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Title: Dualism and the critical languages of portraiture
Author: Altintzoglou, Evripidis
ISNI:       0000 0004 2694 8975
Awarding Body: University of Wolverhampton
Current Institution: University of Wolverhampton
Date of Award: 2010
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This thesis analyzes the philosophical origins of dualism in Western culture in the Classical period in order to examine dualist modes of representation in the history of Western portraiture. Dualism - or the separation of soul and body - takes the form in portraiture of the representation of the head or head and shoulders at the expense of the body, and since its emergence in Classical Greece, has been the major influence on portraiture. In this respect the modern portrait's commonplace attention to the face rests on the dualist notion that the soul, and therefore the individuality of the subject, rests in the head. Art historical literature on portraiture, however, fails to address the pictorial, cultural and theoretical complications arising from various forms of dualism and their different artistic methodologies, such as that of the physiognomy (the definition of personality through facial characteristics) in the 19th century. That is, there is a failure to identify the complexities of dualism's relationship to the traditional honorific aspects of the portrait (the fact that historians are inclined to accept at face value the fact that portraits historically have tended to honour the achievements and social status of the sitter). Indeed, scholars have a propensity to romanticise the humanist individualists inherent to this long history of the honorific, particularly in canonic portrait practices such as Rembrandt's and Picasso's.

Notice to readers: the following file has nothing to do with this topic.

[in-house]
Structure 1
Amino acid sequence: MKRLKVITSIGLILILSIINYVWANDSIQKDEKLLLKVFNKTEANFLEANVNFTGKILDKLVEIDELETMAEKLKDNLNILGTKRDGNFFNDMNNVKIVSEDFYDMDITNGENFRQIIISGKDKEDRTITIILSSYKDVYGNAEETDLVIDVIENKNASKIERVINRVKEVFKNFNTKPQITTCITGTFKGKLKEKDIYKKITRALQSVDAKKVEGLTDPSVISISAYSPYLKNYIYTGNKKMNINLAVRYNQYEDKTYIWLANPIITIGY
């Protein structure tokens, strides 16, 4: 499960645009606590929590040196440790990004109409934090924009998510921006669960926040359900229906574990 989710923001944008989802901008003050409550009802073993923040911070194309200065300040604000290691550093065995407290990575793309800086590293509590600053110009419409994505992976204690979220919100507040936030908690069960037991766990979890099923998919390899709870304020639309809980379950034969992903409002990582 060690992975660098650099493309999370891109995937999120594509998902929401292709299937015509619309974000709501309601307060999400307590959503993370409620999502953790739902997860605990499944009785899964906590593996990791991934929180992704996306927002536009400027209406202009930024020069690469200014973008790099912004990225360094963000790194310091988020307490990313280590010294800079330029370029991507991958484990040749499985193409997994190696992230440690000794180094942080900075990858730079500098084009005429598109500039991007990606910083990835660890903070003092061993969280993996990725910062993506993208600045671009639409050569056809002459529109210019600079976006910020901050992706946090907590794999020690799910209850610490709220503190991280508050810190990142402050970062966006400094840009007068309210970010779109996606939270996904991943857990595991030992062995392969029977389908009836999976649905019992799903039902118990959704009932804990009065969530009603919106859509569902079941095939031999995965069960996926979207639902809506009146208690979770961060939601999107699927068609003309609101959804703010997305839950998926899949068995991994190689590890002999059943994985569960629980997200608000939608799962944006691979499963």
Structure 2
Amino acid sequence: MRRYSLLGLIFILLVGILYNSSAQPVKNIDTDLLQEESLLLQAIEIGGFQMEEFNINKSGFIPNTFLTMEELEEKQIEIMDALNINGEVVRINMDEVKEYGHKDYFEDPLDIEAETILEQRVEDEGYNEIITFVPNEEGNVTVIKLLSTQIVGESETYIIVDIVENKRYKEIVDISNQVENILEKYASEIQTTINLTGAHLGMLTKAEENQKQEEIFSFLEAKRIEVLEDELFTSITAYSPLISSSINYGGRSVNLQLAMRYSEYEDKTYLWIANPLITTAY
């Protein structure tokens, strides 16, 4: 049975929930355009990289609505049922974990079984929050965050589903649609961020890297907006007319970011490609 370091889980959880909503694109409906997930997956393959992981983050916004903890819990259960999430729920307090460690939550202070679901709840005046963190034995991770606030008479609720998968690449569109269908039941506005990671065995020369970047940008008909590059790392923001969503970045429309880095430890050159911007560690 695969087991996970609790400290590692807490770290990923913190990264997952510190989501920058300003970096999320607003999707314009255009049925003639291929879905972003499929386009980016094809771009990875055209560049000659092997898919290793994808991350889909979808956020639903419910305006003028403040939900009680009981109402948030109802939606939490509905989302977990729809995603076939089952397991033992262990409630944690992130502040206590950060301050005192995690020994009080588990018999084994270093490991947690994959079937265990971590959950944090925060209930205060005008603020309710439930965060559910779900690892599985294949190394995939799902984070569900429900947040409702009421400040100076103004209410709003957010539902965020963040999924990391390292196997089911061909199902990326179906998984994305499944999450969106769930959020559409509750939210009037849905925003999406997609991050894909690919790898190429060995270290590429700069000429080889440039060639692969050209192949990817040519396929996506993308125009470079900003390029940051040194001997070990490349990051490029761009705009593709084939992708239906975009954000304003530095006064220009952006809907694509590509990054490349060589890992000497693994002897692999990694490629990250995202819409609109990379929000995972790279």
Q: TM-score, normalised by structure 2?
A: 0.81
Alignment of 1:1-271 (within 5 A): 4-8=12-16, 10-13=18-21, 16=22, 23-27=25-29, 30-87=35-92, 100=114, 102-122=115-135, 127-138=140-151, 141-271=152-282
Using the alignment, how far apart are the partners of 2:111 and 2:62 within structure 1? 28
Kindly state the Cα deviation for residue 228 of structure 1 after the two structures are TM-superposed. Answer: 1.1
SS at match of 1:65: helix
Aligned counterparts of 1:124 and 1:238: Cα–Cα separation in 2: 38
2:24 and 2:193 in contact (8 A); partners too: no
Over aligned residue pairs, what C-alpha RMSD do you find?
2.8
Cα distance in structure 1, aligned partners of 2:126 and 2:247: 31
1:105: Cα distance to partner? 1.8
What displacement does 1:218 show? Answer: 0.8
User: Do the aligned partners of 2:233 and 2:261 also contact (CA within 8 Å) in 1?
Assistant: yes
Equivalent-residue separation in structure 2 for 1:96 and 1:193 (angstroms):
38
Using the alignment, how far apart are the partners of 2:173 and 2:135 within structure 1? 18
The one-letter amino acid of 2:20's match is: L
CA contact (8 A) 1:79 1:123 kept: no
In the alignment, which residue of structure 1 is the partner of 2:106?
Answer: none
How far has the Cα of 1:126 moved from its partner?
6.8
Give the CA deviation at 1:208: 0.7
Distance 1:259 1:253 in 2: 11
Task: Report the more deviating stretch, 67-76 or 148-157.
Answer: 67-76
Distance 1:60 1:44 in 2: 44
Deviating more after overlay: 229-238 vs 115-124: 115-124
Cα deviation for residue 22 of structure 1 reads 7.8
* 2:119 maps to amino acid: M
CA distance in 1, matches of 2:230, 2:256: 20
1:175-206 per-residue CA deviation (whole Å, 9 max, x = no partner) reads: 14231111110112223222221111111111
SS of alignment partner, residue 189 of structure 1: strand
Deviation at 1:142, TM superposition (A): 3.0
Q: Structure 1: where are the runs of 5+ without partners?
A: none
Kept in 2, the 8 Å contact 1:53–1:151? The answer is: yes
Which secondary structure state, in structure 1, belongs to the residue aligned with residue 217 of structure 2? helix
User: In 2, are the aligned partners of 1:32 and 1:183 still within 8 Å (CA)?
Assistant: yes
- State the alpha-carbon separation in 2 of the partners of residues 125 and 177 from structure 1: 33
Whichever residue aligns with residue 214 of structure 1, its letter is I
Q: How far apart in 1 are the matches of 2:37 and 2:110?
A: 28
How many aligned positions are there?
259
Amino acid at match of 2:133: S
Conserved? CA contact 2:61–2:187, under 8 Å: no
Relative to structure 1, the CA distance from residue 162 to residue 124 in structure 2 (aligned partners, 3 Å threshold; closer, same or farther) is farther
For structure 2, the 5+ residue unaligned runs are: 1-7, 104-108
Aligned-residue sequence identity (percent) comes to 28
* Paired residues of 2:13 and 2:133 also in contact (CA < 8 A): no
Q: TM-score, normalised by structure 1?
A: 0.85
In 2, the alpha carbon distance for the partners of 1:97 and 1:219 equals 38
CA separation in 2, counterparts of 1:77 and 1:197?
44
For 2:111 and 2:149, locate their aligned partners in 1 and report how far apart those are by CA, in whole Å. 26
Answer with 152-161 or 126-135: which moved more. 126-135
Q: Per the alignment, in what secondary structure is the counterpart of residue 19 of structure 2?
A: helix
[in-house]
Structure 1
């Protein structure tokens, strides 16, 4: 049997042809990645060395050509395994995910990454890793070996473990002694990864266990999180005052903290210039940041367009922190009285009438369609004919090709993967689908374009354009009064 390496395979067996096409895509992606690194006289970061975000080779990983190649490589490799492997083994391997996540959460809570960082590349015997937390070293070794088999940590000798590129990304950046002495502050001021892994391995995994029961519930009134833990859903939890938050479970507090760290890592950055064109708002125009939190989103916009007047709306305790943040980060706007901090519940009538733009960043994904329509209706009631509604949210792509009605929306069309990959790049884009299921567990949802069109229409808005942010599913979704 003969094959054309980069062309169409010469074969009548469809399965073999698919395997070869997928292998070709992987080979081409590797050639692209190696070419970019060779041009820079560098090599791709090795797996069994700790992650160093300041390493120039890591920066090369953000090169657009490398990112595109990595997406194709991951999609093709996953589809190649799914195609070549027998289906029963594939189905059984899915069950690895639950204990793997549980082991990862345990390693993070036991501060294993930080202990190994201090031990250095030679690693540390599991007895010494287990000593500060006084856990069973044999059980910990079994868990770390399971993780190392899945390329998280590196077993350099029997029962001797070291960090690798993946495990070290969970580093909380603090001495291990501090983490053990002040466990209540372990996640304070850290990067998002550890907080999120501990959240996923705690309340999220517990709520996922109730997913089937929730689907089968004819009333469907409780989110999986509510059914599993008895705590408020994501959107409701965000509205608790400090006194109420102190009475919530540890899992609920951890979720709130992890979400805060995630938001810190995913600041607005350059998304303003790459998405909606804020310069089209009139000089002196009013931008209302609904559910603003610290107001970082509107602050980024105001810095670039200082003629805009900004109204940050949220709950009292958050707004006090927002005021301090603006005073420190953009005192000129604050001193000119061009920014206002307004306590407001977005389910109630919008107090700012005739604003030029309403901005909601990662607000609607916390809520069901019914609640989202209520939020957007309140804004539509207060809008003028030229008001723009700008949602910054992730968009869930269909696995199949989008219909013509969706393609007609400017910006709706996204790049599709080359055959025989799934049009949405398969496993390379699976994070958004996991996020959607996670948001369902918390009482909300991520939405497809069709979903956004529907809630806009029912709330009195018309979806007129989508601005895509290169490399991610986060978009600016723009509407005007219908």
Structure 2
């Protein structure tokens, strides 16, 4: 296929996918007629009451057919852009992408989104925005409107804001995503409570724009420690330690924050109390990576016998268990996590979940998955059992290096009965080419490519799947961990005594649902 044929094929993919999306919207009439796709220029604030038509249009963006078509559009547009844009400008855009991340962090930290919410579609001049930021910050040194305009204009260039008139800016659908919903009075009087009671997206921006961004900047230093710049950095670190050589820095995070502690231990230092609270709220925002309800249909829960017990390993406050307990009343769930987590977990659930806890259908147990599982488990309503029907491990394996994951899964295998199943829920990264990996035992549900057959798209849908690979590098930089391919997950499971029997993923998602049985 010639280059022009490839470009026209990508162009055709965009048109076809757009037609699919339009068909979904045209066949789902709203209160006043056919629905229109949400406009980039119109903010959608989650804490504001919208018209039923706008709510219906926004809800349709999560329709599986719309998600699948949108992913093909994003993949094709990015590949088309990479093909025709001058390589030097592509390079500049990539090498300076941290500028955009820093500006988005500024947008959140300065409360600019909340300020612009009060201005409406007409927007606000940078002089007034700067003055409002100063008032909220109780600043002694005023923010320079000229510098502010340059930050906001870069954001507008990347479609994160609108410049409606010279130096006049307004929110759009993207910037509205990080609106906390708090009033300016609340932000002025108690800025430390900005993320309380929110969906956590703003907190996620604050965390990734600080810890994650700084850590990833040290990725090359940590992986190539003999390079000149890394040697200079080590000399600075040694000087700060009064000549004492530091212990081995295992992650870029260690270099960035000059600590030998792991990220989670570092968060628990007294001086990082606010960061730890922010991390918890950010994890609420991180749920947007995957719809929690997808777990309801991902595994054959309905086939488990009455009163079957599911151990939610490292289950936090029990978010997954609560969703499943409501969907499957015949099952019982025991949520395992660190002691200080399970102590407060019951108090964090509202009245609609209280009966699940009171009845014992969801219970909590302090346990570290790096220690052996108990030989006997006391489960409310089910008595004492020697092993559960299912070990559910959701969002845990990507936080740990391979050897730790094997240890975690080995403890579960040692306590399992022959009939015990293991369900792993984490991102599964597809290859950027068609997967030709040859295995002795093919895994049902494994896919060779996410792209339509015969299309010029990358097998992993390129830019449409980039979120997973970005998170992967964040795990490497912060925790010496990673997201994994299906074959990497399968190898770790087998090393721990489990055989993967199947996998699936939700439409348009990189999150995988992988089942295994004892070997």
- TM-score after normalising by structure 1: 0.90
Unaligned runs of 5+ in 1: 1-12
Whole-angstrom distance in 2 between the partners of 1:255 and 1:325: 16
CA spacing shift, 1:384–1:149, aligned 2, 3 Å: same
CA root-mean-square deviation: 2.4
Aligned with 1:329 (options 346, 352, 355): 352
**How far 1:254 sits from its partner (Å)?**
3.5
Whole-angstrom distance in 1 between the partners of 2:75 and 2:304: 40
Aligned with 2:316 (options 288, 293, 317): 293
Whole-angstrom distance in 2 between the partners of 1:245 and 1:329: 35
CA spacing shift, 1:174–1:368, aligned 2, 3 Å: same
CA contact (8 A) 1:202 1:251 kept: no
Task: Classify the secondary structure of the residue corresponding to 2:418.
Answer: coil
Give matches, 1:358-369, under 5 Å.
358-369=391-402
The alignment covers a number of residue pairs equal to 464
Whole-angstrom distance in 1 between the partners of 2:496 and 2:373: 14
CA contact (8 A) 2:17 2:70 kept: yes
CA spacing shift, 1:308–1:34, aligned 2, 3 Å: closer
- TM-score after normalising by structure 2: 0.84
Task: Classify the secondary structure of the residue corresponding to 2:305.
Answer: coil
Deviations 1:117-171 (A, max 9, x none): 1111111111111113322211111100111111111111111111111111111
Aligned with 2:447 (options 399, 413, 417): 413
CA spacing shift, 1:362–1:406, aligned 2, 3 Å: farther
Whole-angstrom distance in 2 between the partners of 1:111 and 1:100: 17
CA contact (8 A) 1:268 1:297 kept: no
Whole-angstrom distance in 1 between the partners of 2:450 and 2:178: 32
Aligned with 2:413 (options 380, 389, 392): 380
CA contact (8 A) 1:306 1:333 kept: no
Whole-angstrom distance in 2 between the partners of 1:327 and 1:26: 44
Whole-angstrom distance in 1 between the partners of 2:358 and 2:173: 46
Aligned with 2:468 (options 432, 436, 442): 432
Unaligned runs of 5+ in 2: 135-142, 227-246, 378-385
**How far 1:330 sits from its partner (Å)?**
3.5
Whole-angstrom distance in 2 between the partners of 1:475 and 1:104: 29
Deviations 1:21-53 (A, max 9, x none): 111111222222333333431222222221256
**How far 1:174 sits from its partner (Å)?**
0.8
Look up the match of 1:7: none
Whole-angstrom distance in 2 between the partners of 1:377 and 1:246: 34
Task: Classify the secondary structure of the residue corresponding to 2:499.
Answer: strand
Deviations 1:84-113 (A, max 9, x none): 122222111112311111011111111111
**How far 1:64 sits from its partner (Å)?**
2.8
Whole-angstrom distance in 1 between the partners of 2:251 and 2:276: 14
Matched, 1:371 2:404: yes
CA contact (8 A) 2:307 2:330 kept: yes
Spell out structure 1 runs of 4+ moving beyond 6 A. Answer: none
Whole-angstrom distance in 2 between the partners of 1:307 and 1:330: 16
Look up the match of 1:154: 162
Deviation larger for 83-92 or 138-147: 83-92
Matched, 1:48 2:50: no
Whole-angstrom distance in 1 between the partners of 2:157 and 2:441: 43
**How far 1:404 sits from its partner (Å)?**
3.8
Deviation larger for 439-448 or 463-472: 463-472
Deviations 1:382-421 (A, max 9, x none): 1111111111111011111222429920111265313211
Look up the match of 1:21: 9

Supervisor: Roberts, John Sponsor: Not available
Qualification Name: Thesis (Ph.D.) Qualification Level: Doctoral
EThOS ID:  DOI: Not available
Keywords: Portraiture ; Dualism ; Anti-dualism ; Mind ; Self ; Physiognomy ; Honorific ; Rembrandt ; Picasso ; Conceptual art